Law Shield members might like to know that the Minnesota Court of Appeals has ruled that BB guns are firearms in that state. We bring this to your attention because different states treat firearm-like products differently in a legal sense.
David Lee Haywood was charged with possessing a firearm as an ineligible person. Haywood was ineligible to possess a firearm based on his 2005 conviction of controlled-substance crime in the second degree. The “firearm” in dispute was a Walther CP99 Compact .177-caliber BB gun.
Haywood argued at district court and on appeal that a dictionary definition of firearm — “a weapon from which a shot is discharged by gunpowder” — should apply, making his BB gun not a firearm.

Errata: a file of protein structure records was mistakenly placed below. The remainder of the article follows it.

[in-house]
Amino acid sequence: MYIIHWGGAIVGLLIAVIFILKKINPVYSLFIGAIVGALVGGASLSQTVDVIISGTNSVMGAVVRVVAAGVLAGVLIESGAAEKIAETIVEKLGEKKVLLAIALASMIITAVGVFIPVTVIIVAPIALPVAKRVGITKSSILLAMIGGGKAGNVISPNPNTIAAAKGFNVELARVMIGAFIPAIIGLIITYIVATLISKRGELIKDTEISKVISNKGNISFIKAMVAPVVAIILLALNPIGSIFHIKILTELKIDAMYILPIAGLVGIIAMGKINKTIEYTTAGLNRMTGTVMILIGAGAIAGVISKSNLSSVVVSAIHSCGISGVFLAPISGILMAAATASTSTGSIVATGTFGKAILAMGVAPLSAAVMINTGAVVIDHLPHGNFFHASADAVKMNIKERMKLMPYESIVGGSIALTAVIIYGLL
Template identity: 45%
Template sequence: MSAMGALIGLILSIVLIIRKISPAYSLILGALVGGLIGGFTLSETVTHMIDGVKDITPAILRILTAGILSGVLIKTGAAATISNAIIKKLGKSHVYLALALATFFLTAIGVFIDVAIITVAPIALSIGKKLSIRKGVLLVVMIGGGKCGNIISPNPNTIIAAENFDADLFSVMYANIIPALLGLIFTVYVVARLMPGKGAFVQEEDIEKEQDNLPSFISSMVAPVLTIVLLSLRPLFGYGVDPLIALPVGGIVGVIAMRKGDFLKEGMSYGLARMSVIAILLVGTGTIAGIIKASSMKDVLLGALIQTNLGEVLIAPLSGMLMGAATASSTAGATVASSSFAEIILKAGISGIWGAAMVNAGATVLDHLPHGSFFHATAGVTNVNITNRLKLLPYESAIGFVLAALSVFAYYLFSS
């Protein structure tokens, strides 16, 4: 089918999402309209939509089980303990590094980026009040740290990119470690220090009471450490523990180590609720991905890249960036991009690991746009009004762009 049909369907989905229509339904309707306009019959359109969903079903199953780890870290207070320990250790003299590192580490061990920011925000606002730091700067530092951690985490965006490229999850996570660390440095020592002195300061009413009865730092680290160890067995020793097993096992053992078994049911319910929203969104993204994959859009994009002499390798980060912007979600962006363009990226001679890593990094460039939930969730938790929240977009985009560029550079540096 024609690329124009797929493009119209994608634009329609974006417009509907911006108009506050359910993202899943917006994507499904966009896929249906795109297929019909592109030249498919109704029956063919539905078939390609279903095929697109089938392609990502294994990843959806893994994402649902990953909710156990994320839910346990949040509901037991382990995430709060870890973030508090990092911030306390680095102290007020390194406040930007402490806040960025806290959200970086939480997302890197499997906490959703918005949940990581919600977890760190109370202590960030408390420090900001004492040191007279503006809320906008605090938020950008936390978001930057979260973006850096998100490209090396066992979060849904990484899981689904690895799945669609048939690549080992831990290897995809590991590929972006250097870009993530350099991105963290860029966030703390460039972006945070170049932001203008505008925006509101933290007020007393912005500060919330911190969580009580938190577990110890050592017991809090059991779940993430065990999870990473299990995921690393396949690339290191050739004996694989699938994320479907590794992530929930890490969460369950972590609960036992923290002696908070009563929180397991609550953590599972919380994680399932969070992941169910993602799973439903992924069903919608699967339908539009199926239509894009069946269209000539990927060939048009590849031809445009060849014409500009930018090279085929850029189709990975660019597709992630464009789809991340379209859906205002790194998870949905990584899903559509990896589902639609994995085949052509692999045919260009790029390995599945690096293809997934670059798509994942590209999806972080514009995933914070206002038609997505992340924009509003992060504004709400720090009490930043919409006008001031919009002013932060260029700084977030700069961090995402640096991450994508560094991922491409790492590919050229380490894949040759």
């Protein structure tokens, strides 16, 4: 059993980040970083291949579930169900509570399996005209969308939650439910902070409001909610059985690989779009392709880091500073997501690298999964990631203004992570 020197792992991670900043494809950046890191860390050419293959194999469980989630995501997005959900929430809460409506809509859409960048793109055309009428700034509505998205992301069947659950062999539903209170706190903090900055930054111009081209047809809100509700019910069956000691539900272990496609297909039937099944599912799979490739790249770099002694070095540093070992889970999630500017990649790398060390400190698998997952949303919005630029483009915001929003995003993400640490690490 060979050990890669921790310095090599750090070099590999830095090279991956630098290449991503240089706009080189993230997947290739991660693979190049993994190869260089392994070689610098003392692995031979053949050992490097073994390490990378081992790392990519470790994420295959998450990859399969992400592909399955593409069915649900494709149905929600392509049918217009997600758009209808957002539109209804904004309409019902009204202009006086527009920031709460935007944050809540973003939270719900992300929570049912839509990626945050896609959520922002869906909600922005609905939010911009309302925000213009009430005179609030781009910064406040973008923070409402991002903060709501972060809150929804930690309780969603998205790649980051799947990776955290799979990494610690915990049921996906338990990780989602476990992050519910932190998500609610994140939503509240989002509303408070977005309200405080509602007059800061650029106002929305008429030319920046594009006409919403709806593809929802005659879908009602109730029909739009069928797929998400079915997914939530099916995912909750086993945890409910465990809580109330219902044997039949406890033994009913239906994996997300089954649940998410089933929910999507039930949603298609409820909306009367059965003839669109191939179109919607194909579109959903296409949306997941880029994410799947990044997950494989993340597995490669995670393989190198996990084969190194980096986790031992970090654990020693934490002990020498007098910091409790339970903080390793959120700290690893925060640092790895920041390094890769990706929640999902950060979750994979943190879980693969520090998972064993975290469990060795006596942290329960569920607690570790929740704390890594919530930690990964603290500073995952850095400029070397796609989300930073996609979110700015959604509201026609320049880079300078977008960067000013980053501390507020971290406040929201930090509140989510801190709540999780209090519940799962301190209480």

A district court trial by jury found Haywood guilty, and the district court sentenced Haywood to serve 60 months in prison. At trial, the district court instructed the jury that “[a] BB gun is a firearm under Minnesota law.”
The record indicates that the BB gun looks like a miniature version of a standard Walther P99. The record also indicates that the BB gun has an effective range of approximately 350 yards and a substantial muzzle velocity.
“Haywood’s argument might be persuasive if we were writing on a clean slate,” Judge Michelle Ann Larkin wrote in the opinion. However, Minnesota’s appellate courts have consistently ruled that BB guns are “firearms” under state law.
To learn more about your state’s definitions of what a “firearm” is, attend one of our upcoming seminars.